Both Kanaan and LF media officer Melhem Riachi said in the interview with Al-Mustaqbal that acquiring the right to a Christian veto is one of the goals of the Declaration of Intent signed by the two parties.
Geagea, who also met with Rai in Bkirki over the weekend for consultations on the upcoming legislative sessions, criticized the exclusion of an electoral law from the agenda. “A new electoral law and a citizenship law are two important draft laws, and the rest is details,” Geagea told reporters after meeting Rai.
Kataeb Party chief MP Sami Gemayel reiterated the party’s position that Parliament should not endorse draft laws in the absence of a president.
“We must abide by the law and the Constitution which stipulates that there can be no legislation in the absence of the president,” Gemayel said during a dialogue meeting with Kataeb students at the conference palace in Dbayyeh Saturday.
“Instead of violating the law and the Constitution, Parliament must elect a president and revive institutions,” he added.
Berri has indicated that the legislative sessions would go ahead despite a possible boycott by the three Christian parties over the exclusion of an electoral law proposal from the agenda. He warned that if the upcoming legislative session was not held, this would amount to the country’s suicide.
World Bank loans planned for Lebanon will be canceled unless approved by Parliament before the end of the year, risking more pain for a struggling economy already hit by the political deadlock.
Berri said he has fulfilled a demand by Aoun to include on the session agenda the citizenship draft law and another bill to transfer cellphone revenues to the municipalities.
The 38 draft laws and proposals listed on the agenda as part of what lawmakers dubbed “legislation of necessity” excluded an electoral law proposal, a divisive issue that could torpedo the legislative session.
Simon Haddad, professor of political science at the American University of Beirut, said the FPM and the LF would be able to pass the legislative session in line with their Declaration of Intent.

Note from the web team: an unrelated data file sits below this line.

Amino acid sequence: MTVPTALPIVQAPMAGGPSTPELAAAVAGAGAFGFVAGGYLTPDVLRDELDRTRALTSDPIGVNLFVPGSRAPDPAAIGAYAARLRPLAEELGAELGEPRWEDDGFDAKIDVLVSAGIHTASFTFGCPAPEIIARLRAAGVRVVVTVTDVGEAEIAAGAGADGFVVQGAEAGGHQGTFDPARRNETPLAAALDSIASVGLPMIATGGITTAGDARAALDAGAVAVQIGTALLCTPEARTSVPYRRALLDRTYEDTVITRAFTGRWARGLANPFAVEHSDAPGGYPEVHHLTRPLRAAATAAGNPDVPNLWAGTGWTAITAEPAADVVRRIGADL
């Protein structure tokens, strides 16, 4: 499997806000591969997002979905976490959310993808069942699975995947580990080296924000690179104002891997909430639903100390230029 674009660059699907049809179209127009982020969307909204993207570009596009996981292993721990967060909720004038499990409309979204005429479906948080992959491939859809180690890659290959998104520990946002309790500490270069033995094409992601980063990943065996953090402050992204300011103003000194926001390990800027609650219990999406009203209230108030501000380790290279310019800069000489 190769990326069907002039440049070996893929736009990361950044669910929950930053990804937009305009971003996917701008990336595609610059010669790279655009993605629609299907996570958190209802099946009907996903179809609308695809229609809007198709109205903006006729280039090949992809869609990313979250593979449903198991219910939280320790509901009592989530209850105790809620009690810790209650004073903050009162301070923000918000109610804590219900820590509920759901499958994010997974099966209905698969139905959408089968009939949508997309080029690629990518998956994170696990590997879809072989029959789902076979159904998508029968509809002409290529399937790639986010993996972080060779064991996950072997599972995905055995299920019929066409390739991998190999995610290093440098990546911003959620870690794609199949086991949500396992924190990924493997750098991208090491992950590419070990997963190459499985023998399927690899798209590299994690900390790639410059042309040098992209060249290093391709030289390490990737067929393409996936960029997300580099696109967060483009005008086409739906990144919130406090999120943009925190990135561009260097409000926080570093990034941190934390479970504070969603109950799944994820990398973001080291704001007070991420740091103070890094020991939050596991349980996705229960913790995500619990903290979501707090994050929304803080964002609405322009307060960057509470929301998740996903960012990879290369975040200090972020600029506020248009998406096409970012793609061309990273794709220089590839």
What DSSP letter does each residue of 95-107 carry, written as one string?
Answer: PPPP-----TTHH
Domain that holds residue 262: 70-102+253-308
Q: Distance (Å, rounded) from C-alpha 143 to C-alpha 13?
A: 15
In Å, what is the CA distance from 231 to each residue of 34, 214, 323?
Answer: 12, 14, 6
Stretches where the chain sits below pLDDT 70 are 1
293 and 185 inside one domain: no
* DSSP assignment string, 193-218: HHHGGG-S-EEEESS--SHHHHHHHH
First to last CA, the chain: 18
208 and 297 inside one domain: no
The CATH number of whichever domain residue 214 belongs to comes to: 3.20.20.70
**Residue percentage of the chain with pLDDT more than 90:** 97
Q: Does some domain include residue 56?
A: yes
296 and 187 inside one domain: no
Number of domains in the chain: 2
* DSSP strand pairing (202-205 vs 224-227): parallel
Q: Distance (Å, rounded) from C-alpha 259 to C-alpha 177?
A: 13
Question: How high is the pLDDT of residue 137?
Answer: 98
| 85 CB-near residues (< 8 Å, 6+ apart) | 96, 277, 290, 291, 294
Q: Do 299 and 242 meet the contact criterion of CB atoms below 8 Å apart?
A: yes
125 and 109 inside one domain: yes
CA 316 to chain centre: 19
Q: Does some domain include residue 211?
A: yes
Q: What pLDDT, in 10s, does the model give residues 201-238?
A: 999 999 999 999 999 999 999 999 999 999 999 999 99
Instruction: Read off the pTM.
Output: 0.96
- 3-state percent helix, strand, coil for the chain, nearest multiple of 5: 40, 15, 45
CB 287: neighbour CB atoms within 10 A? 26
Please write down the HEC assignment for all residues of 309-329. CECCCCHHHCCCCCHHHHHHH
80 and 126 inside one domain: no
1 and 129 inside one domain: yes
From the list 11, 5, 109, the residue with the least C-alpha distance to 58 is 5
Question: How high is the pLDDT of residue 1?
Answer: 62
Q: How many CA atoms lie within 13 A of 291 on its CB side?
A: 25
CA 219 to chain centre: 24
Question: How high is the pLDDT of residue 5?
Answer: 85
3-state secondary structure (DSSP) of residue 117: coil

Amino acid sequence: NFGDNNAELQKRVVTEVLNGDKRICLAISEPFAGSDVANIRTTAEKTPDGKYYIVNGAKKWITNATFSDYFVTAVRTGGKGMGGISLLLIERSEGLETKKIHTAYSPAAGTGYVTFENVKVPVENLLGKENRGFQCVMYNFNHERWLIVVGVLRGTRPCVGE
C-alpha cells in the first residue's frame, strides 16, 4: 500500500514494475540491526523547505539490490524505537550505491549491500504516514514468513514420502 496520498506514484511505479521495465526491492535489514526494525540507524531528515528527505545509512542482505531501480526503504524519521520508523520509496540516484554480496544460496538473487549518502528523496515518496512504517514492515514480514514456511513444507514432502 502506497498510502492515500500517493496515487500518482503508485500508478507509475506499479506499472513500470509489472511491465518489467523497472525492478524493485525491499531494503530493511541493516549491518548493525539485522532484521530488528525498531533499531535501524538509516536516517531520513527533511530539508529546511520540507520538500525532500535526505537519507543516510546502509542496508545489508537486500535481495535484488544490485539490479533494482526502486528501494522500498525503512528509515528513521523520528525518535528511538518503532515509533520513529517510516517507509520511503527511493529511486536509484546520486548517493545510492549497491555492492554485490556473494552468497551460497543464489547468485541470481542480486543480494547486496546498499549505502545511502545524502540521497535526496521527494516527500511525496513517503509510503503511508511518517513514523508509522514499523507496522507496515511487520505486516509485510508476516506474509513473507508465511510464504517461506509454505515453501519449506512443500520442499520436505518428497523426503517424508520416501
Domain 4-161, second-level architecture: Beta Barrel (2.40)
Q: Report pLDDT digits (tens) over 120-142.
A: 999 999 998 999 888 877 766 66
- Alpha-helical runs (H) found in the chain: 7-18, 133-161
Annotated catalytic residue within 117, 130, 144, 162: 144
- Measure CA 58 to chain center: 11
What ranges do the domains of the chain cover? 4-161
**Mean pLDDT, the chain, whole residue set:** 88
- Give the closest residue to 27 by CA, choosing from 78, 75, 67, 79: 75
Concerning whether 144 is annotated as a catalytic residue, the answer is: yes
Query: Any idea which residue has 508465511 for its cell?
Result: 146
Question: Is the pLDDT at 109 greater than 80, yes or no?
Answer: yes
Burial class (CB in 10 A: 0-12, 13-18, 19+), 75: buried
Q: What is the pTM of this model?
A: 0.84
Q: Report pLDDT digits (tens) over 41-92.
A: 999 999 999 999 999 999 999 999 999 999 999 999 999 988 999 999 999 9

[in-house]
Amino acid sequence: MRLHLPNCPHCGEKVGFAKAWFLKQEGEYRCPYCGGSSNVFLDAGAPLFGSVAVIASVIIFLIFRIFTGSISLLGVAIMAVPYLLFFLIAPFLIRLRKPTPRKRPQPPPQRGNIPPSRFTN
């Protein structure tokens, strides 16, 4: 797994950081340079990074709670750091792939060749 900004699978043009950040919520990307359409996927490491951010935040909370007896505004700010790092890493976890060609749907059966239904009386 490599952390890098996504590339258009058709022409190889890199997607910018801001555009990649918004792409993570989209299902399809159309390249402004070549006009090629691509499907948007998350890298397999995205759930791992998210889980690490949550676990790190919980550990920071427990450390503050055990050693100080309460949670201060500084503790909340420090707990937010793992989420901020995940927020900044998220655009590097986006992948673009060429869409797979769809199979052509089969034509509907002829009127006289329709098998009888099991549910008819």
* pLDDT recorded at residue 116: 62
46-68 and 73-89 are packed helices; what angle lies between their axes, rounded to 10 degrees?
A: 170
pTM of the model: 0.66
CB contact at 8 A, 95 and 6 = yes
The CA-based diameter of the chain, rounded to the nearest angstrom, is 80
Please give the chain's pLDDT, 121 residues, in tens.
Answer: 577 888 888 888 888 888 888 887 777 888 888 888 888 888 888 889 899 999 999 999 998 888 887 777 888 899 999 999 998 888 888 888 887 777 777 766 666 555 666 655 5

“The FPM-LF alliance will not be affected by the upcoming legislative session. The two parties will overcome the legislative session challenge by either participating or boycotting the session,” Haddad told The Daily Star.
However, Haddad said that this alliance cannot be translated into further cooperation and coordination on key internal issues such as the presidential election and a new electoral law as “the LF and the FPM are divided on these topics as well as on regional issues, such as the nearly 5-year-old civil war in Syria and Hezbollah’s involvement in that war.”
The Declaration of Intent issued by Aoun and Geagea in June following six months of talks between the two sides called for the election of a strong president.
The document outlined 16 general points of agreement between the rival parties on certain key issues such as the need to elect a “strong president” that is representative of Christians and is accepted by Lebanon’s Muslim community.
It stressed that the election of a president and the drafting of a new electoral law would redirect the wrongful implementation of the National Pact by realizing proper national partnership between Muslims and Christians.
Although both Aoun and Geagea are bidding for the presidency, neither has been able to garner enough parliamentary support to win.
The declaration said that the new relationship between the LF and the FPM would be based on a mutual respect of democratic principles, whereby agreement on constitutional and democratic codes would surpass any existing political rivalry.